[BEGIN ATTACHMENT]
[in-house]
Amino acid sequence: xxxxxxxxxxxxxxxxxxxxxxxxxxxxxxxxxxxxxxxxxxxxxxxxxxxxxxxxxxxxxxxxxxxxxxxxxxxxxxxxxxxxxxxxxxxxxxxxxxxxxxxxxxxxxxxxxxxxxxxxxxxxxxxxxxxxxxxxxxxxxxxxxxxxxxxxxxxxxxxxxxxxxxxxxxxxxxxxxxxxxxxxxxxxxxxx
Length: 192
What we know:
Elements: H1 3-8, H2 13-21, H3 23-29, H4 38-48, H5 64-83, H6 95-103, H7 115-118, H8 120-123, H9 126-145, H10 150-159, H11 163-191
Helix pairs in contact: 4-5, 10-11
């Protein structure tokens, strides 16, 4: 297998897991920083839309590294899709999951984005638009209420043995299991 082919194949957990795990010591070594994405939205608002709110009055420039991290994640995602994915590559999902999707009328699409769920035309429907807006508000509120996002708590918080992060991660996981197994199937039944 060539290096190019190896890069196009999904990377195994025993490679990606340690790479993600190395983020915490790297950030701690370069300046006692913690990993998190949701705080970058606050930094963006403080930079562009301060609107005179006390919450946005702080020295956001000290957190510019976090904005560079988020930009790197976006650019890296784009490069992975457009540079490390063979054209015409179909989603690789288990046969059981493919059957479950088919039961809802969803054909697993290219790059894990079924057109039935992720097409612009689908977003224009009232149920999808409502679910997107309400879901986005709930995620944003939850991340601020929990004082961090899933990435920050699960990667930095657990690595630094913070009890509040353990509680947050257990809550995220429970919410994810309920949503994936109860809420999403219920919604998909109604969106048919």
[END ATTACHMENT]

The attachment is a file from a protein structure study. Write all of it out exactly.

[in-house]
Amino acid sequence: xxxxxxxxxxxxxxxxxxxxxxxxxxxxxxxxxxxxxxxxxxxxxxxxxxxxxxxxxxxxxxxxxxxxxxxxxxxxxxxxxxxxxxxxxxxxxxxxxxxxxxxxxxxxxxxxxxxxxxxxxxxxxxxxxxxxxxxxxxxxxxxxxxxxxxxxxxxxxxxxxxxxxxxxxxxxxxxxxxxxxxxxxxxxxxxx
Length: 192
What we know:
Elements: H1 3-8, H2 13-21, H3 23-29, H4 38-48, H5 64-83, H6 95-103, H7 115-118, H8 120-123, H9 126-145, H10 150-159, H11 163-191
Helix pairs in contact: 4-5, 10-11
């Protein structure tokens, strides 16, 4: 297998897991920083839309590294899709999951984005638009209420043995299991 082919194949957990795990010591070594994405939205608002709110009055420039991290994640995602994915590559999902999707009328699409769920035309429907807006508000509120996002708590918080992060991660996981197994199937039944 060539290096190019190896890069196009999904990377195994025993490679990606340690790479993600190395983020915490790297950030701690370069300046006692913690990993998190949701705080970058606050930094963006403080930079562009301060609107005179006390919450946005702080020295956001000290957190510019976090904005560079988020930009790197976006650019890296784009490069992975457009540079490390063979054209015409179909989603690789288990046969059981493919059957479950088919039961809802969803054909697993290219790059894990079924057109039935992720097409612009689908977003224009009232149920999808409502679910997107309400879901986005709930995620944003939850991340601020929990004082961090899933990435920050699960990667930095657990690595630094913070009890509040353990509680947050257990809550995220429970919410994810309920949503994936109860809420999403219920919604998909109604969106048919």